Computational Modelling Group

Seminar  22nd March 2011 4 p.m.  27/2003

Computational biochemistry: understanding biomolecular mechanisms by modelling

Professor Adrian Mulholland
School of Chemistry, University of Bristol

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AMBER, Biomedical, Biomolecular Organisation, Biomolecular simulations, C, CASTEP, Complex Systems, Computer Science, Energy, FFT, Finite elements, Fortran, Gaussian, HECToR, HPC, HPCx, Iridis, Jaguar, Linux, Molecular Dynamics, Molecular Mechanics, Monte Carlo, MPI, MS Office Access, Multi-physics, Multi-scale, Multipole methods, Onetep, Optimisation, ProtoMS, Quantum Chemistry, Scientific Computing, Software Engineering, Structural biology, Systems biology, Xmgrace
Chris-Kriton Skylaris

Professor Adrian Mulholland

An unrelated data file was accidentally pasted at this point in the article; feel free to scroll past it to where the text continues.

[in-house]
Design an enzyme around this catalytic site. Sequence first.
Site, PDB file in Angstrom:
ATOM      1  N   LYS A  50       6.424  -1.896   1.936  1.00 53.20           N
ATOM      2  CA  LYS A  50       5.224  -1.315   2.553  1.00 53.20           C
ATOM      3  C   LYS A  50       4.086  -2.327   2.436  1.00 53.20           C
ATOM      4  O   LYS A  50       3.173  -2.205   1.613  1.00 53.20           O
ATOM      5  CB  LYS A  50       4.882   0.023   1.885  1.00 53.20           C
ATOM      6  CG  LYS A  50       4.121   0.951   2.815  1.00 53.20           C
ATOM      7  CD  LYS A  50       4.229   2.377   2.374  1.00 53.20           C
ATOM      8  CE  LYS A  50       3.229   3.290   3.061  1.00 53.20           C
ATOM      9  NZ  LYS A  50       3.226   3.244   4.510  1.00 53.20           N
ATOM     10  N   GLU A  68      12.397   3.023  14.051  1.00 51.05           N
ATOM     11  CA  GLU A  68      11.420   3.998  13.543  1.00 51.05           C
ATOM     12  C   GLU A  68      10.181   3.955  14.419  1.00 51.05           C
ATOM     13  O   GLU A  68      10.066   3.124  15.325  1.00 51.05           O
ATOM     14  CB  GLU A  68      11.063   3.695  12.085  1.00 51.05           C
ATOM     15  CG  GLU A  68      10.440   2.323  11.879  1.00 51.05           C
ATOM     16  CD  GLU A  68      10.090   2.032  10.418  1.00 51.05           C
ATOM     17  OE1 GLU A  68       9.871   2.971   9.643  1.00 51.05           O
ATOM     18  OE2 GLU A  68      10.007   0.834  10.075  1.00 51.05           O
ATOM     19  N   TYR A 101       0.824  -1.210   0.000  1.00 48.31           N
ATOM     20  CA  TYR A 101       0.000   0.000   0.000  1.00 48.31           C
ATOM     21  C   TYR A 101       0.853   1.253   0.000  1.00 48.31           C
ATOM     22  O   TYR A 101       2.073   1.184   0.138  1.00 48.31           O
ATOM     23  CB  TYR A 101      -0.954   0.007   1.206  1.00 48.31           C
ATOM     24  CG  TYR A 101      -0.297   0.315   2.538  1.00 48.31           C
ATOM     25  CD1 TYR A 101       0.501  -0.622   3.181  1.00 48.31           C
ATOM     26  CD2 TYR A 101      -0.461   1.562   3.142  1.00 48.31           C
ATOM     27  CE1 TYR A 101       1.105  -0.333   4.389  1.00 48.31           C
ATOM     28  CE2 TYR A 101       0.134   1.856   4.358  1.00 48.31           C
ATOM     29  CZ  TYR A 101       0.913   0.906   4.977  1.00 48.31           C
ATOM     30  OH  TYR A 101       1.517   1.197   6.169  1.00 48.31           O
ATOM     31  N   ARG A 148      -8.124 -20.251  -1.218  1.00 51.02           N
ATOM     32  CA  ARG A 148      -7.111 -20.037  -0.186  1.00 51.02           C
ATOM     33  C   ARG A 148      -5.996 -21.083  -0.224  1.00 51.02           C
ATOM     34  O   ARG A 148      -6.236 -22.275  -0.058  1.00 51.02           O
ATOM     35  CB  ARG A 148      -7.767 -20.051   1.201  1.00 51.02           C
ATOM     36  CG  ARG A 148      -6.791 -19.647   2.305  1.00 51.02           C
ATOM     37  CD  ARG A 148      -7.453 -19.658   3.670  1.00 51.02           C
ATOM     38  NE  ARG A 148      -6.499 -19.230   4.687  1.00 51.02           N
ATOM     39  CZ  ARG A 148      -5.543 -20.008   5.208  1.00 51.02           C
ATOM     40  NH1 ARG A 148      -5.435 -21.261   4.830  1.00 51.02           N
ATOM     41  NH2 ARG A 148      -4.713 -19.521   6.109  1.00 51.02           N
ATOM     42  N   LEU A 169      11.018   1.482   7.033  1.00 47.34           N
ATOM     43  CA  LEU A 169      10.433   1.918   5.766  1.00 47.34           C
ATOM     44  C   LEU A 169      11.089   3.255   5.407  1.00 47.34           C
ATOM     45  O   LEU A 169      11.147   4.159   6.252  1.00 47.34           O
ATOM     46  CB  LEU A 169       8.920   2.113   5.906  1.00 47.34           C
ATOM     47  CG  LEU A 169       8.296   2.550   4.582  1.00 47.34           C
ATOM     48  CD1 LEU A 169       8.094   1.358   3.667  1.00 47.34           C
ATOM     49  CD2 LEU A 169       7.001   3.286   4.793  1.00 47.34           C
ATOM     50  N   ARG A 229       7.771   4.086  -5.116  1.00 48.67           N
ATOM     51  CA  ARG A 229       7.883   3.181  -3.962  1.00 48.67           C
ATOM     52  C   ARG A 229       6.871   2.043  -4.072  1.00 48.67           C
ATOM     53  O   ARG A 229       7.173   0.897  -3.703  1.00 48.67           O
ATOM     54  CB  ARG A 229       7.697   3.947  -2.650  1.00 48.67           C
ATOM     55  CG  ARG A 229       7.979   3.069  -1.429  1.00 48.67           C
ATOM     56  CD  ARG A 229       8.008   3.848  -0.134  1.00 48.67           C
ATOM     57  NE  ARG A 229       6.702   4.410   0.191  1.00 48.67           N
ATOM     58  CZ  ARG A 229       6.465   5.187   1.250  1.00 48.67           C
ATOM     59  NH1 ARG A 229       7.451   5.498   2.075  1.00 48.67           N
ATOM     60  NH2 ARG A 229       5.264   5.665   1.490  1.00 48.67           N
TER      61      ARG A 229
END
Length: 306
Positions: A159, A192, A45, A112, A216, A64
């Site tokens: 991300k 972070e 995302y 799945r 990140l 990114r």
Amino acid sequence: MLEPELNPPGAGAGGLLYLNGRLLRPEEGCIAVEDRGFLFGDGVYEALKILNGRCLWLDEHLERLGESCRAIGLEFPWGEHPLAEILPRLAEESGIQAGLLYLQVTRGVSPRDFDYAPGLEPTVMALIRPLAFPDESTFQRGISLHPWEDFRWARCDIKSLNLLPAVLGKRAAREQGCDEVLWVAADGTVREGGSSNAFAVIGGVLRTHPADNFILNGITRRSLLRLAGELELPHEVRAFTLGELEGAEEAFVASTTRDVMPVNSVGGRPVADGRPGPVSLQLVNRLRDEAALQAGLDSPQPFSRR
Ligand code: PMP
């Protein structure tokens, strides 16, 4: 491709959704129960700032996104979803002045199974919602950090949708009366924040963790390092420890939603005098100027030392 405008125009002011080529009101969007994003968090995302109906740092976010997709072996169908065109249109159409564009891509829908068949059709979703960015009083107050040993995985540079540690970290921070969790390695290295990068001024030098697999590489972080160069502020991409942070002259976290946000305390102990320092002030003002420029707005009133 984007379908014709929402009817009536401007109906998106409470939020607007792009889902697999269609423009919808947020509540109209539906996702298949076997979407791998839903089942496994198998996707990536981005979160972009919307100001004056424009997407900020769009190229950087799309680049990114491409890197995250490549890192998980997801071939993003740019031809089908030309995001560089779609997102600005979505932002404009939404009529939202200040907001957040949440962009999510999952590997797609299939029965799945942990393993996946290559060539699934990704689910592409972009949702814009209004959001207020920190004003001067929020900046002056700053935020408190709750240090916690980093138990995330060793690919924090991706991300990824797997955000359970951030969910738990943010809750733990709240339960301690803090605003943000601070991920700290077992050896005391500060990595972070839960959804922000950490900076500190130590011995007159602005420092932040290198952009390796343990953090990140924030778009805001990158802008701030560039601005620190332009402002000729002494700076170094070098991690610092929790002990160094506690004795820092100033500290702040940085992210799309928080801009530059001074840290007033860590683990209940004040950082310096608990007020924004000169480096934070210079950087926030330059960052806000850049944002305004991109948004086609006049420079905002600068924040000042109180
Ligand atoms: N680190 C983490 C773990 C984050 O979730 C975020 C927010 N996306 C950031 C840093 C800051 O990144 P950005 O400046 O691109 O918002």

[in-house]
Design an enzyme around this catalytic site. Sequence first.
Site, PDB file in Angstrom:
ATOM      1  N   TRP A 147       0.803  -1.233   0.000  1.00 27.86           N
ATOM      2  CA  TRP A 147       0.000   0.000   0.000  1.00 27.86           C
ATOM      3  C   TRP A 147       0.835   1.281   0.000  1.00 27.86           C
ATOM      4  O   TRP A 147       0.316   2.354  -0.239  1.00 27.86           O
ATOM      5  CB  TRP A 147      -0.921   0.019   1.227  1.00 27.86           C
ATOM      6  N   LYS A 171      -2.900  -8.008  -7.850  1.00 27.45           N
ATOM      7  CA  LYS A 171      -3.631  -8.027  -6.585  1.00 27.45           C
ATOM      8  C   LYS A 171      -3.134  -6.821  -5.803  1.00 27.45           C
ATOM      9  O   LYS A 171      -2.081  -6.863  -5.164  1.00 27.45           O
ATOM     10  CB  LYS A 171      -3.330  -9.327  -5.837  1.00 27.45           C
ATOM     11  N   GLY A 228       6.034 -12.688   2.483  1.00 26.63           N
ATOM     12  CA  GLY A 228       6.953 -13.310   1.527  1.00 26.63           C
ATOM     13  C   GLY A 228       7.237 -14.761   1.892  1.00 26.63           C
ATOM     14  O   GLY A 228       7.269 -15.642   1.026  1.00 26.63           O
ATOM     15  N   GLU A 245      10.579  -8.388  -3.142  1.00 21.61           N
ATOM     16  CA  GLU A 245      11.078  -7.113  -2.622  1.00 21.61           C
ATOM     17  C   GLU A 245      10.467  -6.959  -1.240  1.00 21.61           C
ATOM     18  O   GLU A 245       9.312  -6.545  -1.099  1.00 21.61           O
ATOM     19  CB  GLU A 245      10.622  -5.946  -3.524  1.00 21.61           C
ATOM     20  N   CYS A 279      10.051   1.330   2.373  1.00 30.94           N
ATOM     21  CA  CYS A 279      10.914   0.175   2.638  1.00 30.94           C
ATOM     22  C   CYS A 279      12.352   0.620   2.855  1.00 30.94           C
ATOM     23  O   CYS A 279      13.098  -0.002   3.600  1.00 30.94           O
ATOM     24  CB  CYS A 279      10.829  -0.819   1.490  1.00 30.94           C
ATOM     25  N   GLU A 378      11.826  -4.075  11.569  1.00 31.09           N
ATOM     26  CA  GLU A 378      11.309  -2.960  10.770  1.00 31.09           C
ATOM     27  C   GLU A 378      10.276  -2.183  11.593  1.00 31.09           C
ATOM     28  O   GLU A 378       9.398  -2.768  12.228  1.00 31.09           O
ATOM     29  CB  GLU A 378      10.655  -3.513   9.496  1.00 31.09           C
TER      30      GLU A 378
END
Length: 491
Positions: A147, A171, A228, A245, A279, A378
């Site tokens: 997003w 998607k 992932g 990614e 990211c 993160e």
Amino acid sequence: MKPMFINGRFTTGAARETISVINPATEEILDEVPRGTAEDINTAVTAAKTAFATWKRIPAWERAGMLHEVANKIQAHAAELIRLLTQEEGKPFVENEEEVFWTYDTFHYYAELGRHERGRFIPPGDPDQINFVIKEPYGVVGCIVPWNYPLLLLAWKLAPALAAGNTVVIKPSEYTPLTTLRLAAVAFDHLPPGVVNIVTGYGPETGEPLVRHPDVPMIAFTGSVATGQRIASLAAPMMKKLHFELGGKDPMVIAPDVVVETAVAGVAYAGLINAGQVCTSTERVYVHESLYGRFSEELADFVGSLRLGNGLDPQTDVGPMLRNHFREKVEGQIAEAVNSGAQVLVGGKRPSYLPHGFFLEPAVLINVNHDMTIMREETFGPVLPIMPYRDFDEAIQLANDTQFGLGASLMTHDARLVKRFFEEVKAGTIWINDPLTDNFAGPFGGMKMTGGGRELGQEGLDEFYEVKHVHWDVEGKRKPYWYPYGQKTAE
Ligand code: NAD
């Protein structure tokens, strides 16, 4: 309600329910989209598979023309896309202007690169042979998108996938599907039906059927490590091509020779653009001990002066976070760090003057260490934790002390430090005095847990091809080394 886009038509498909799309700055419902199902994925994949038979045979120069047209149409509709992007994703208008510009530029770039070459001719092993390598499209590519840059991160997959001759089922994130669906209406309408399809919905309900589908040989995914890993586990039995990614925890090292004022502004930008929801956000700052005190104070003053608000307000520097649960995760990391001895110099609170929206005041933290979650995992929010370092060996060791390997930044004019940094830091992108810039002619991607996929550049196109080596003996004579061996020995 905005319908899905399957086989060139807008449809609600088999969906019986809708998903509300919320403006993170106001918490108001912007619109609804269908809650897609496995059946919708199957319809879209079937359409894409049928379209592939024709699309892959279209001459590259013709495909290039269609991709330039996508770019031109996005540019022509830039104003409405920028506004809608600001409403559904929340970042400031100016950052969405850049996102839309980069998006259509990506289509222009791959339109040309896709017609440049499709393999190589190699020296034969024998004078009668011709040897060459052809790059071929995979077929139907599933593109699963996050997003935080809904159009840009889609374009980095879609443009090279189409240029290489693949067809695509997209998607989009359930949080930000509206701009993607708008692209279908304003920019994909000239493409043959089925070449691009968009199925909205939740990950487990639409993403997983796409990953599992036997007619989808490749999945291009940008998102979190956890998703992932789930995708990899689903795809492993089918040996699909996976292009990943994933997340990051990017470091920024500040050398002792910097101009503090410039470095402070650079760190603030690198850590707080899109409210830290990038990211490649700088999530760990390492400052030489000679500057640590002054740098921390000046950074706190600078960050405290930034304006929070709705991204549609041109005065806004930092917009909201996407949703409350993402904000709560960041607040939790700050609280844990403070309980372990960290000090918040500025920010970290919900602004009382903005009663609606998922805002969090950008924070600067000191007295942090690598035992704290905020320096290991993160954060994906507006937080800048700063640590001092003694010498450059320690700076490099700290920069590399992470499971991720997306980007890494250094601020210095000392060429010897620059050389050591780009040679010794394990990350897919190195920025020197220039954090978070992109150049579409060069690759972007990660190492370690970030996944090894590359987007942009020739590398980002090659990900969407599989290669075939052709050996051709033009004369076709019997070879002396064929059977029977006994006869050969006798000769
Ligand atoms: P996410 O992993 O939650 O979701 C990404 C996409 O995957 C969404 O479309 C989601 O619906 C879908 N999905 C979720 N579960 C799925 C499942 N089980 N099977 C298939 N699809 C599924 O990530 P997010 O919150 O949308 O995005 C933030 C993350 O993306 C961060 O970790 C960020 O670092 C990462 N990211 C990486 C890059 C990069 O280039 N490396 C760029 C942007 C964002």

Enzymes are outstandingly efficient natural catalysts. Knowledge of the principles underlying their catalytic properties promises technological spin-offs such as routes to new drugs (e.g. in the design of enzyme inhibitors, such as analogues of transition states or reaction intermediates); analysis of the effects of genetic variation and mutation (e.g. in predicting the effects of single nucleotide polymorphisms on drug metabolism); design of new catalysts (e.g. engineered enzymes or designed biomimetic catalysts) for industrial applications. Molecular simulations offer the potential of uniquely detailed understanding of enzyme catalytic mechanisms. Combined quantum mechanics/molecular mechanics (QM/MM) methods are a good approach to modelling enzyme catalytic mechanisms. Recent applications include studies of drug metabolizing enzymes such as cytochrome P450 and beta-lactamases (involved in antibiotic resistance), e.g. investigating the effects of mutations, identifying catalytic interactions, and modelling complexes with drugs. QM/MM modelling of fatty acid amide hydrolase (FAAH) reveals complex conformational effects in catalysis, and has also identified the productive binding mode of promising covalent inhibitors, showing the potential of QM/MM methods to contribute to drug design. The effects of quantum tunnelling can be analysed, e.g. in studies of aromatic amine dehydrogenase. Classical molecular dynamics simulations allow large scale protein conformational changes to be investigated, and can identify functionally relevant motions. New techniques also allow high level QM/MM calculations of relative free energies. Calculations using high-level QM/MM methods can now predict barriers for enzyme-catalysed reactions with unprecedented accuracy. Quantitative predictions from first-principles calculations were only previously possible for very small molecules. Calculated activation energies for enzymic reactions, such as that catalysed by chorismate mutase, are in excellent agreement with experiment. With these methods, quantitative, reliable predictions can be made about the mechanisms of enzyme-catalysed reactions. This development opens new horizons for computational biochemistry and enzymology.